England, for instance, is a place that is even more socialist and multi-cultural obsessed than the contemporary United States.  For this reason, it is more of a genuinely militarized society than is America.  That police in England are forbidden from carrying firearms changes this not one iota.

When a state—a “nation-state,” a “society”—is imagined to be, not a “civil association,” as the philosopher Michael Oakeshott describes what we’re inclined to call a “free society,” but an “enterprise association”—an organization animated by a grandiose vision toward the realization of which all members are coerced to contribute—there is, necessarily, militarization.

But the militarization is not to be found in the actual presence or possession by government of weaponry of one sort or another.  The militarization consists in two inseparable facts: (1) the society defines itself, or is defined by its self-styled representatives, in terms of some lofty goal or ideal—Equality, Virtue, Human Rights, Multi-Culturalism, Piety, Social Justice, Security, etc.; (2) the government is assigned, or assigns to itself, the role of “leader,” i.e. the role of “leading” (compelling) citizens toward the fulfillment of the ideal.

It is the existence of laws of a certain type, accompanied by the self-conception of a people that permits these kinds of laws to arise—not the apparatus in place to enforce those laws—that differentiates a militarized society from a non-militarized one.

A society with no military and police armed with sticks and stones can be more militarized than one with a standing military and cops armed to the teeth.

To be sure, America is, to an alarming degree, a militarized society.  But this is the point: America is militarized.  To speak of its police forces as being militarized totally misses the mark. It’s like a person who’s dying of lung cancer complaining that it is his lungs, not himself, that’s sick.  Yet even this analogy fails to capture the crux of the difficulty with this reasoning. More illustrative is the case of a cancer patient who identifies the chemo-therapy with which he’s treating his sickness with the sickness itself.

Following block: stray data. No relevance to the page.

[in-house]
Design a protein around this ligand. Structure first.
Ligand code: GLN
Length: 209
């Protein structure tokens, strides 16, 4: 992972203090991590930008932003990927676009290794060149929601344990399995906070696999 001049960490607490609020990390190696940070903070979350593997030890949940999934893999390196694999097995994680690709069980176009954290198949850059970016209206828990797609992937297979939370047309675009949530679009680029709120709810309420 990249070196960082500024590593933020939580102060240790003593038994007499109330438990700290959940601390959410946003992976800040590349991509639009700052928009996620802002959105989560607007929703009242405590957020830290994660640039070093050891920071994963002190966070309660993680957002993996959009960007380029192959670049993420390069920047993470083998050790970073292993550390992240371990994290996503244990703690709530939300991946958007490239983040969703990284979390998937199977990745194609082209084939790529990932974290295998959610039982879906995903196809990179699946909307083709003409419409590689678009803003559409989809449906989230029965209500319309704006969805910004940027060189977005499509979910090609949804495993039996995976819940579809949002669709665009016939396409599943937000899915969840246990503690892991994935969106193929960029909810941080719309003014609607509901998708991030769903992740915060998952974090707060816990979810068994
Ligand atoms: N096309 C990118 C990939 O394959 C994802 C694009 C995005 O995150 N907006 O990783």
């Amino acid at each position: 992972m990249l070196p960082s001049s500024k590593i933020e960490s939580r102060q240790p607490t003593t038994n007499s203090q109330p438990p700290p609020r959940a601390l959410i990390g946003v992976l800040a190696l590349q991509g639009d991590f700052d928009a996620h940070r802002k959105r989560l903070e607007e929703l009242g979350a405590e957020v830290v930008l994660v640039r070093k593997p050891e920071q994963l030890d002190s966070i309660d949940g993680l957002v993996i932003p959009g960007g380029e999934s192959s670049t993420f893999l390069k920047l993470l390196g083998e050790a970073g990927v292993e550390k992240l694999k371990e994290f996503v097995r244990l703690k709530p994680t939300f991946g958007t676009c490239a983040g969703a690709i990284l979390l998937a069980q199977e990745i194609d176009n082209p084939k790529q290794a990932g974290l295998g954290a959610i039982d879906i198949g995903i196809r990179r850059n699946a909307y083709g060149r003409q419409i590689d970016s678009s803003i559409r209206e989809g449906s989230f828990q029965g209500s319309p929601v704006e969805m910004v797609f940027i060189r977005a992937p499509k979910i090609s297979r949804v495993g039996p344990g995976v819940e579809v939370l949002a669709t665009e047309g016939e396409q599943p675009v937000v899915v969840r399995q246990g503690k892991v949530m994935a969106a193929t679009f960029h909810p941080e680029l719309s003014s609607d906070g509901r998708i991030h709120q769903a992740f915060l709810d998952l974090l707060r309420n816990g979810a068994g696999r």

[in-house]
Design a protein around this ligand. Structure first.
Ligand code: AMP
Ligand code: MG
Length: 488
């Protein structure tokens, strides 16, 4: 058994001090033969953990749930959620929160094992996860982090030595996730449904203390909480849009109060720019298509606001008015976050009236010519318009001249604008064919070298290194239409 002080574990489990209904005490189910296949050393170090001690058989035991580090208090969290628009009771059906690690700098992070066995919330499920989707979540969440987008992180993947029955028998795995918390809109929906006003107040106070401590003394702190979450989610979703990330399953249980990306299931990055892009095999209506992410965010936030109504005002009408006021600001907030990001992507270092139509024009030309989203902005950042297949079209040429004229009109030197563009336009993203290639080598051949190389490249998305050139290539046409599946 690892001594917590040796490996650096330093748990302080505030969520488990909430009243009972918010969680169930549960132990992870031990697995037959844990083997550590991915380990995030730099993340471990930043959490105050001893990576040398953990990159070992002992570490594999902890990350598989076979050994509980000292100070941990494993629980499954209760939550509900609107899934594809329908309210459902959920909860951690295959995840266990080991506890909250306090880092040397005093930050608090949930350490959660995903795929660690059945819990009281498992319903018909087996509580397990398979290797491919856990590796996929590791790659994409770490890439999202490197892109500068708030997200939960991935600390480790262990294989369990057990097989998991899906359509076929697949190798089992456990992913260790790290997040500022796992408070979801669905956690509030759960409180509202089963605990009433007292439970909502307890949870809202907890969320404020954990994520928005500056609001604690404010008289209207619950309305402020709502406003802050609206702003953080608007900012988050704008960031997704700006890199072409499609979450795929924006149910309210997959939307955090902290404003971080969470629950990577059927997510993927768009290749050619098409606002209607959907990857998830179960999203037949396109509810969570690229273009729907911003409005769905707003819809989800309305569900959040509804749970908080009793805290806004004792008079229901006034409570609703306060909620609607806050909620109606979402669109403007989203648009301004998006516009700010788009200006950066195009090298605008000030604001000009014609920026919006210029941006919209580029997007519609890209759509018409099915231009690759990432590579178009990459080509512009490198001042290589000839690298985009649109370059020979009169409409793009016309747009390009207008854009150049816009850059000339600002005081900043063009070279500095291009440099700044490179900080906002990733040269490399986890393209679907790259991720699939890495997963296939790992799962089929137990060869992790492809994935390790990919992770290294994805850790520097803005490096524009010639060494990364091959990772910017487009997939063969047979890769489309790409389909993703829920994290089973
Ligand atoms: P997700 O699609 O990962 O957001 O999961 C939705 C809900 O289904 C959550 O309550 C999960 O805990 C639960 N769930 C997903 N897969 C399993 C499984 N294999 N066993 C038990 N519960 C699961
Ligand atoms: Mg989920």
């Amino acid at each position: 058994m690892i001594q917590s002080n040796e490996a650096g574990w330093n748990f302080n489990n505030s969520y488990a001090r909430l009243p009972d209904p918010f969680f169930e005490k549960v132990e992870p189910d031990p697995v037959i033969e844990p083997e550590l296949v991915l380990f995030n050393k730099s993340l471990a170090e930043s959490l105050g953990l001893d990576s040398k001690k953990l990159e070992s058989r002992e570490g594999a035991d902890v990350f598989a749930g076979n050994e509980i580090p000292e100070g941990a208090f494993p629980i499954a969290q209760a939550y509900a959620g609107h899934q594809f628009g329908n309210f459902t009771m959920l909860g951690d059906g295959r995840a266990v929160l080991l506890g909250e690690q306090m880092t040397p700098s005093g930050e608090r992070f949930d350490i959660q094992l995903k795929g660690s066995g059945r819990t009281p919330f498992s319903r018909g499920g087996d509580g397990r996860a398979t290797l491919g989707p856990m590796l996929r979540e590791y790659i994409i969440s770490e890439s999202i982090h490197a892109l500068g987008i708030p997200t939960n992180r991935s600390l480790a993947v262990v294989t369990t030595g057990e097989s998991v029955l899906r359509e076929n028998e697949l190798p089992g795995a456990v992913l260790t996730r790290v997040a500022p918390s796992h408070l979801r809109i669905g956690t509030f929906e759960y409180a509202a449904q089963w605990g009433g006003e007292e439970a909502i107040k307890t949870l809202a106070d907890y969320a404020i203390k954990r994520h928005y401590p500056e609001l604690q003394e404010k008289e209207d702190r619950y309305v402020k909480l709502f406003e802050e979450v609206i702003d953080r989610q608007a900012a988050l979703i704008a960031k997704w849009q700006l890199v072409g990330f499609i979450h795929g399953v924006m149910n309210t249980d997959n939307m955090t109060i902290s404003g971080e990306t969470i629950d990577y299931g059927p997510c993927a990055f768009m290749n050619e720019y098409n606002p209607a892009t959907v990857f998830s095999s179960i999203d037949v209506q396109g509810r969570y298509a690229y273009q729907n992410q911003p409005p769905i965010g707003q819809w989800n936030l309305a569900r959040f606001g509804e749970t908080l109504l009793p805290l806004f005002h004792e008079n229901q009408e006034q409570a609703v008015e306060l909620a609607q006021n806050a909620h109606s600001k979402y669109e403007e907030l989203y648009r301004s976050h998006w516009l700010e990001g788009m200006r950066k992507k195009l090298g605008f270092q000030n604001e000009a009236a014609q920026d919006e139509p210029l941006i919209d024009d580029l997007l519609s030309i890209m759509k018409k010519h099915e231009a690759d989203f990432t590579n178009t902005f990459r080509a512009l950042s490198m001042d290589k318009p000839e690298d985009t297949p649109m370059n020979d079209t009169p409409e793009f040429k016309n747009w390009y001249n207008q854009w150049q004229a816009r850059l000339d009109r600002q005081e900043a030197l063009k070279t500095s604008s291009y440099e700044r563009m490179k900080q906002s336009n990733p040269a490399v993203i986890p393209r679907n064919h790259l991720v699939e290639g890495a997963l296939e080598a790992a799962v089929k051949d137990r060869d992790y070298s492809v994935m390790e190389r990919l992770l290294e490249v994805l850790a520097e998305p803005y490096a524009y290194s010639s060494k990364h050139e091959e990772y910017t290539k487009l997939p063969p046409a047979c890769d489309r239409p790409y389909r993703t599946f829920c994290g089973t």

Moreover, complaining about “the militarization” of the police actually trivializes the real militarization, the marshalling of citizens’ resources in time and treasure, blood, sweat, and tears, for purposes of “National Greatness,” “Equality,” etc, in which our government has been engaged for a long, long time.

 

 

 

 

 

 

“Libertarians” and “Racism”

posted by Jack Kerwick

In the wake of the shooting death of a young black man by a white Ferguson, Missouri police officer, it is to no one’s surprise that the usual suspects on the left are screaming “racism” from the rooftops.

Infinitely more disturbing for the lover of liberty is that ever growing legions of “libertarians” are regurgitating this same talking point.  Moreover, the libertarian’s obsession with “the State” has endowed him with boundless sympathy for the hordes of violent black criminals that have been violating every principle that he claims to hold sacred while attributing the assault against civilization on display in Ferguson to “the militarization” of the police.